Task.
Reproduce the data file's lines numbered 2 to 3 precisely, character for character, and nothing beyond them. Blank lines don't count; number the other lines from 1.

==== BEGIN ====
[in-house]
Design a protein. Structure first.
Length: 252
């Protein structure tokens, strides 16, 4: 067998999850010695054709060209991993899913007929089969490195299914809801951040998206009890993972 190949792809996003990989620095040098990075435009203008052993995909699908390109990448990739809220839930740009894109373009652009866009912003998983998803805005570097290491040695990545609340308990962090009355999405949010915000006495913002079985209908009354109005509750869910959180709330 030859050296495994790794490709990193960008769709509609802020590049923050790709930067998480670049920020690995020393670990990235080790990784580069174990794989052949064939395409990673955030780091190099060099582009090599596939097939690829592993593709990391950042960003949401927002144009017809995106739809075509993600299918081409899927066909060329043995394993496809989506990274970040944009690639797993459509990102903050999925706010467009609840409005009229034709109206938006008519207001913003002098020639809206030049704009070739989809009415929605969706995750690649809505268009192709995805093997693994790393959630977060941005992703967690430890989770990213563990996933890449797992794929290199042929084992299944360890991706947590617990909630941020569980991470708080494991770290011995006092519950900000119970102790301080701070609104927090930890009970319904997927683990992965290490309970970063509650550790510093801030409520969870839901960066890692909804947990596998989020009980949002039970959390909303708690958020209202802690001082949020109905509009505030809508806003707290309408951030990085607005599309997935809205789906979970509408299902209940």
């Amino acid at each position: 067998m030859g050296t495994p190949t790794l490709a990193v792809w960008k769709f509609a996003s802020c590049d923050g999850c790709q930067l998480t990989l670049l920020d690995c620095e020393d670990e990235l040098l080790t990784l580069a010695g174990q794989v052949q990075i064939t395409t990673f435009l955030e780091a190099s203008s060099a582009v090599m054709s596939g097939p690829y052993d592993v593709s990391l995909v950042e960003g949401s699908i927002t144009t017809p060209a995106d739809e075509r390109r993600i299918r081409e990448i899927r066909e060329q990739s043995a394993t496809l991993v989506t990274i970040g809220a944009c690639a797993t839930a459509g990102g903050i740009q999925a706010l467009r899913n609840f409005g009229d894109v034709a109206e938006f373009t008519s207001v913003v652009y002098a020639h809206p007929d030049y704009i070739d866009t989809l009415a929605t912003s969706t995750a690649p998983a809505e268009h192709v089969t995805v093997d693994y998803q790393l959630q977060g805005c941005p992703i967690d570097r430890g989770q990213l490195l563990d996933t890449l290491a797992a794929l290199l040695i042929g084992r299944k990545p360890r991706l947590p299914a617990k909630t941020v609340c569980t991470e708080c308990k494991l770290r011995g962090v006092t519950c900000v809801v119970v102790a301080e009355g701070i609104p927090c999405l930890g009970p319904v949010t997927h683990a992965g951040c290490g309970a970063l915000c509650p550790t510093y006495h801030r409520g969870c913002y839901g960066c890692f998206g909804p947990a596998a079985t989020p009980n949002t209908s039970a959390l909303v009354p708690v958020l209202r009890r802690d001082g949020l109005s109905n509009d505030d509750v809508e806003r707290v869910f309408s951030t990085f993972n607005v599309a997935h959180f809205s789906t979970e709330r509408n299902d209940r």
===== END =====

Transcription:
Design a protein. Structure first.
Length: 252